Configurable keyboard for easy editing

Forgive if this has been mentioned anywhere else in these threads for the forthcoming iPad version:

To my mind (as both a novelist and non-fiction writer who uses Scrivener as my main writing and editing interface), one absolutely essential element that the iPad version of Scrivener will need to have (apart from the ability to sync in a direct way with the full Mac desktop version), is an enhanced keyboard that makes up for some of the deficiencies in the default iPad keyboard in order to make writing an easier process.

Most iPad apps that focus on writing already provide enhanced keyboards, allowing certain keys that are common in writing (e.g. colon, semicolon, double-quotes, etc.), which are hidden under double key presses or sub-keyboard screens on the default iPad keyboard, to be immediately accessible in the writing interface.

So far as I have been able to test, the best of these is provided in the Daedalus Touch ( … 64546?mt=8) app. This application adds a row above the top of the keyboard (as most apps do) that allows extra keys to be added – but what really sets this app’s enhancements apart is that this row is entirely user customisable: it can have more or fewer extra keys, as the user wishes, and each key can be configured as the user sees fit – so I always have on the screen those keys that are most relevant to my writing. Additionally, the buttons can be configured automatically to determine opening and closing versions of key presses (e.g. the same button will automatically insert an open- and close-bracket when pressed in the appropriate places; no need for two buttons); and the buttons can be configured for different key combinations as desired.

Writing in this app is more seamless and pleasant than in any other iPad app I’ve used thus far – and as Scrivener has always been focused on the writing process above all else, it seems like this has to be at the very top of the priorities list.

Additional editor features that Daedalus provides include easy cursor movement: tapping with a single finger on either the right or left side of the screen moves the cursor one character to the right or left; while tapping with two fingers on either side moves the cursor one whole word to the right or left. This makes something very easy out of what is rather cumbersome in iPad’s default interface, and again is something quite key to serious writers.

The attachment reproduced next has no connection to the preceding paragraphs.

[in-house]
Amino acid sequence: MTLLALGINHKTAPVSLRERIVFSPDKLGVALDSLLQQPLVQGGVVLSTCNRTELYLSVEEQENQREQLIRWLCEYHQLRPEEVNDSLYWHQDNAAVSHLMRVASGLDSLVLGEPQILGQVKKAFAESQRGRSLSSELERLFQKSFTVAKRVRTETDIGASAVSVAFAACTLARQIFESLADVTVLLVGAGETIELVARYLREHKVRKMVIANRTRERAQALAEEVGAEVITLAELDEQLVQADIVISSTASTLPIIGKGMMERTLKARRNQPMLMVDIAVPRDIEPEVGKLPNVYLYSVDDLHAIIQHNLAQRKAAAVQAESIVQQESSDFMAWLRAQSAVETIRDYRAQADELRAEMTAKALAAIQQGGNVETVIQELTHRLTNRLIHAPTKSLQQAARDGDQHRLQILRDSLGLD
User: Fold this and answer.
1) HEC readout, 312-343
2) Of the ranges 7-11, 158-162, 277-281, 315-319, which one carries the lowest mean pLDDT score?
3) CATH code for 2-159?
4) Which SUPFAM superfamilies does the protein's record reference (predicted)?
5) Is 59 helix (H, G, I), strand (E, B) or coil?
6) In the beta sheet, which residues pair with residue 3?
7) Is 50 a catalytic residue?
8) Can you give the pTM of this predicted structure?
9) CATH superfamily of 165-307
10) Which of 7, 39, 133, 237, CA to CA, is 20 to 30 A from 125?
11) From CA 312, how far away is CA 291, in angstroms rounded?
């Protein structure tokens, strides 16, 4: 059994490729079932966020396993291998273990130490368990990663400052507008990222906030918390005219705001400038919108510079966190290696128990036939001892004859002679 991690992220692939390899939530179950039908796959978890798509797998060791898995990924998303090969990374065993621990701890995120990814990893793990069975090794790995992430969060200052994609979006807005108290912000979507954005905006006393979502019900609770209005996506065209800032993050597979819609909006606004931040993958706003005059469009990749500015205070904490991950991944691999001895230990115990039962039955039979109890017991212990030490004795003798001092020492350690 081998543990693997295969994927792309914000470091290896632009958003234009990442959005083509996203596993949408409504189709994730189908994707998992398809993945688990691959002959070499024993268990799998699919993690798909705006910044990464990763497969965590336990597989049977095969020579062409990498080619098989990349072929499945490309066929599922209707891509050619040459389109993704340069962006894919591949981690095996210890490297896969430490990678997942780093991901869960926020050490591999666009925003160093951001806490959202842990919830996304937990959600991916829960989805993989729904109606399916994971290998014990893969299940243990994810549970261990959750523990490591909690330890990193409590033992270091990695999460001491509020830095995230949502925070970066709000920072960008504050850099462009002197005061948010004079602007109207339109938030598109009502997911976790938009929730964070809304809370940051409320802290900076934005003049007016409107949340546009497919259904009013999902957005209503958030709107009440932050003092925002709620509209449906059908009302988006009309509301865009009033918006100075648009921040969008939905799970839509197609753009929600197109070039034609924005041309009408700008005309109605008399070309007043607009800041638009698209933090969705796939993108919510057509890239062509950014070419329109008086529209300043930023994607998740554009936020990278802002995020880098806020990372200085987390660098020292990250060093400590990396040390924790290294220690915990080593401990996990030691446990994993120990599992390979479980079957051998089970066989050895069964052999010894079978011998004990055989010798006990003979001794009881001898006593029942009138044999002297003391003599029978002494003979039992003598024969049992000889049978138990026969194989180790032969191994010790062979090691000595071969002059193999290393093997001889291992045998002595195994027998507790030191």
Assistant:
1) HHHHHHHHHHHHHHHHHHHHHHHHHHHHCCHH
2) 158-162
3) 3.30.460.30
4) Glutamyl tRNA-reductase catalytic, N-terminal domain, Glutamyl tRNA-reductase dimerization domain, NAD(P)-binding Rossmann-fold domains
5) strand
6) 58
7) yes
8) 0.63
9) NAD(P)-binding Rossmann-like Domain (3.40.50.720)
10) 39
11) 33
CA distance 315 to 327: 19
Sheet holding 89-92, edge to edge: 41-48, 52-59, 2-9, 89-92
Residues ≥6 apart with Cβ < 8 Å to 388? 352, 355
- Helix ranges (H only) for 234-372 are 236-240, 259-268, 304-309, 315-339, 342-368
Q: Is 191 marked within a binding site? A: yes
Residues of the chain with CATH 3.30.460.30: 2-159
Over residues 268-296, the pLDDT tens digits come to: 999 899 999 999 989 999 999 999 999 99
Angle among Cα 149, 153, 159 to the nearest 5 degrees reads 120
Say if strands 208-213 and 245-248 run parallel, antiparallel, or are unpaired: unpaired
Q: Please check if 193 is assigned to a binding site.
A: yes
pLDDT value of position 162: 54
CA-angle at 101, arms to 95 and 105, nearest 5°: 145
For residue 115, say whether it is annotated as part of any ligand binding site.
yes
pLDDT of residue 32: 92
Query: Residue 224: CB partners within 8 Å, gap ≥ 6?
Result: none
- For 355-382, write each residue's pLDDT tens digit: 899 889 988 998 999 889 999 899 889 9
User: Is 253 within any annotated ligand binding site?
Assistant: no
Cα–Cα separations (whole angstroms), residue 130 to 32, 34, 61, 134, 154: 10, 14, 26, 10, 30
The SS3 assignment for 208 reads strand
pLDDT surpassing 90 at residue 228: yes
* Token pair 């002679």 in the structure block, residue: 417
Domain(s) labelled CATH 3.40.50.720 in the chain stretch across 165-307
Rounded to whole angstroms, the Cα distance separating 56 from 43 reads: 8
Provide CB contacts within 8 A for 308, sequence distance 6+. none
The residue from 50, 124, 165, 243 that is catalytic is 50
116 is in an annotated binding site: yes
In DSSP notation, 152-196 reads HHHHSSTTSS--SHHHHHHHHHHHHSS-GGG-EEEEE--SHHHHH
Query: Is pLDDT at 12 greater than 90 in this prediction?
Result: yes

I would highly recommend that your developers obtain a copy of the Daedalus app and get to know the full features of its keyboard and editor interface, and that similar (and perhaps even better) functionality be incorporated into the Scrivener iPad interface from day one. Without such features, even the best-designed feature set for the app will still fail at the level of actually opening up the keyboard and starting to write.

I’m happy to make any additional comments or share thoughts on this, if it might be helpful.


(NB: I currently use Daedalus for my writing on the iPad, and link it to Scrivener for Mac via a shared folder sync through Dropbox. This works, but is cumbersome!)

Hi uk_write!

I was very happy to see your post and completely agree with it.

Please see some details of my post of January 2, called “Extended Keyboard” and, much more importantly, Jenny’s positive and promising reaction to it!

(There is hope, although probably not for version 1, which would be still rather disappointing: what’s the point of a gorgeous notebook if you can only use it with a low quality pencil?)


PS would you mind trying out Nebulous Notes and post your comparisons with Daedalus to this forum? I think many people would appreciate that and the developers might find it useful as well! TIA!

Thank you for the reply and comments Dee. I knew I wouldn’t be the only one to be worrying that this gets included! And I do hope for this to be a key feature of the first version of an iPad version: without it, the program simply won’t be viable for writers, however nice its other functions may be. Writing has, at its core, the actual ability to get words onto the device – and without an extended keyboard, this simply won’t be workable.

I’ll try the other app you mentioned and compare the keyboards!

I’d be grateful for a link to the thread you mentioned, also.